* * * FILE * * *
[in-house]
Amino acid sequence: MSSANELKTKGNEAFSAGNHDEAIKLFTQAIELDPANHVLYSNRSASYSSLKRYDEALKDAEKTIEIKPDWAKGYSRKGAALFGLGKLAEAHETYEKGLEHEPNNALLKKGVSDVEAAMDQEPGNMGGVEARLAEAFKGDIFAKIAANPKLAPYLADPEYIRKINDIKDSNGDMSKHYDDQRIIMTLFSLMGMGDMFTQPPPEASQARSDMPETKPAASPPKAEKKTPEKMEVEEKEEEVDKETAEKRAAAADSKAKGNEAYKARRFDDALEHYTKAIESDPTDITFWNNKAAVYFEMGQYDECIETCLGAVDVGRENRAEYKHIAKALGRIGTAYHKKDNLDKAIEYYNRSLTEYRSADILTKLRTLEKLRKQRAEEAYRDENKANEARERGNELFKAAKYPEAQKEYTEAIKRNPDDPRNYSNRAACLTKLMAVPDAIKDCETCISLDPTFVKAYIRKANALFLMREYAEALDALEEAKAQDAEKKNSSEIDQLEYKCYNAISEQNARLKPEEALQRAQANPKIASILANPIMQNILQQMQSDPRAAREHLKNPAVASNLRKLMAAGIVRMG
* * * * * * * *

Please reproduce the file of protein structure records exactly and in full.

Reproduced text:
[in-house]
Amino acid sequence: MSSANELKTKGNEAFSAGNHDEAIKLFTQAIELDPANHVLYSNRSASYSSLKRYDEALKDAEKTIEIKPDWAKGYSRKGAALFGLGKLAEAHETYEKGLEHEPNNALLKKGVSDVEAAMDQEPGNMGGVEARLAEAFKGDIFAKIAANPKLAPYLADPEYIRKINDIKDSNGDMSKHYDDQRIIMTLFSLMGMGDMFTQPPPEASQARSDMPETKPAASPPKAEKKTPEKMEVEEKEEEVDKETAEKRAAAADSKAKGNEAYKARRFDDALEHYTKAIESDPTDITFWNNKAAVYFEMGQYDECIETCLGAVDVGRENRAEYKHIAKALGRIGTAYHKKDNLDKAIEYYNRSLTEYRSADILTKLRTLEKLRKQRAEEAYRDENKANEARERGNELFKAAKYPEAQKEYTEAIKRNPDDPRNYSNRAACLTKLMAVPDAIKDCETCISLDPTFVKAYIRKANALFLMREYAEALDALEEAKAQDAEKKNSSEIDQLEYKCYNAISEQNARLKPEEALQRAQANPKIASILANPIMQNILQQMQSDPRAAREHLKNPAVASNLRKLMAAGIVRMG